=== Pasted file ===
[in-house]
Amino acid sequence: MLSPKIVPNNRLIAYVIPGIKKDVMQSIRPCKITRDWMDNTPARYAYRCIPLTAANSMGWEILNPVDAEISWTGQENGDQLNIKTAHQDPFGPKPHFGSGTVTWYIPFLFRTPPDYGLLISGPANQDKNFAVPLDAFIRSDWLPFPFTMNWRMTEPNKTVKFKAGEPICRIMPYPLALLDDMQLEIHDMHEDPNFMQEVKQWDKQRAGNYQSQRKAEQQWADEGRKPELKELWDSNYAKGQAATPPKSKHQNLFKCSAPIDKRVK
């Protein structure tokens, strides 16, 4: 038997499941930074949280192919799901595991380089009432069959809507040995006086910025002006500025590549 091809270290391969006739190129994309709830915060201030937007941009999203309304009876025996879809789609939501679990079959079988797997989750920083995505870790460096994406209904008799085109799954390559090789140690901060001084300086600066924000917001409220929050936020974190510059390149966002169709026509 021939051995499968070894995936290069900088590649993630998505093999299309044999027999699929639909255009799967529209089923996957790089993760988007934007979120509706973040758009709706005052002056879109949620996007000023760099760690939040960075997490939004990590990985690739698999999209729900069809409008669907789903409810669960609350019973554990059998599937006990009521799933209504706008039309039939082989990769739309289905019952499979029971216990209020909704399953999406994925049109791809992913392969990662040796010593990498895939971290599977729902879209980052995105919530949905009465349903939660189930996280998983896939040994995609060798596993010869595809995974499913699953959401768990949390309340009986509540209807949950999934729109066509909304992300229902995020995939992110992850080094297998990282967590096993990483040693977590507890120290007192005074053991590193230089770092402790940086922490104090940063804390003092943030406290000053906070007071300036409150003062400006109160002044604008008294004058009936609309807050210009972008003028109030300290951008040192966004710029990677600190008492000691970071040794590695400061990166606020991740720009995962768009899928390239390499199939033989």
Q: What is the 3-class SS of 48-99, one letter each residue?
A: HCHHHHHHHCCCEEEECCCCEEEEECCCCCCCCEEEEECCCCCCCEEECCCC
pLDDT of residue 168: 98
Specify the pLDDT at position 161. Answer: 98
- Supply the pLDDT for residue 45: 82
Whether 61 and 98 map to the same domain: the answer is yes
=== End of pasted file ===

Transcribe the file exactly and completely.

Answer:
[in-house]
Amino acid sequence: MLSPKIVPNNRLIAYVIPGIKKDVMQSIRPCKITRDWMDNTPARYAYRCIPLTAANSMGWEILNPVDAEISWTGQENGDQLNIKTAHQDPFGPKPHFGSGTVTWYIPFLFRTPPDYGLLISGPANQDKNFAVPLDAFIRSDWLPFPFTMNWRMTEPNKTVKFKAGEPICRIMPYPLALLDDMQLEIHDMHEDPNFMQEVKQWDKQRAGNYQSQRKAEQQWADEGRKPELKELWDSNYAKGQAATPPKSKHQNLFKCSAPIDKRVK
């Protein structure tokens, strides 16, 4: 038997499941930074949280192919799901595991380089009432069959809507040995006086910025002006500025590549 091809270290391969006739190129994309709830915060201030937007941009999203309304009876025996879809789609939501679990079959079988797997989750920083995505870790460096994406209904008799085109799954390559090789140690901060001084300086600066924000917001409220929050936020974190510059390149966002169709026509 021939051995499968070894995936290069900088590649993630998505093999299309044999027999699929639909255009799967529209089923996957790089993760988007934007979120509706973040758009709706005052002056879109949620996007000023760099760690939040960075997490939004990590990985690739698999999209729900069809409008669907789903409810669960609350019973554990059998599937006990009521799933209504706008039309039939082989990769739309289905019952499979029971216990209020909704399953999406994925049109791809992913392969990662040796010593990498895939971290599977729902879209980052995105919530949905009465349903939660189930996280998983896939040994995609060798596993010869595809995974499913699953959401768990949390309340009986509540209807949950999934729109066509909304992300229902995020995939992110992850080094297998990282967590096993990483040693977590507890120290007192005074053991590193230089770092402790940086922490104090940063804390003092943030406290000053906070007071300036409150003062400006109160002044604008008294004058009936609309807050210009972008003028109030300290951008040192966004710029990677600190008492000691970071040794590695400061990166606020991740720009995962768009899928390239390499199939033989």
Q: What is the 3-class SS of 48-99, one letter each residue?
A: HCHHHHHHHCCCEEEECCCCEEEEECCCCCCCCEEEEECCCCCCCEEECCCC
pLDDT of residue 168: 98
Specify the pLDDT at position 161. Answer: 98
- Supply the pLDDT for residue 45: 82
Whether 61 and 98 map to the same domain: the answer is yes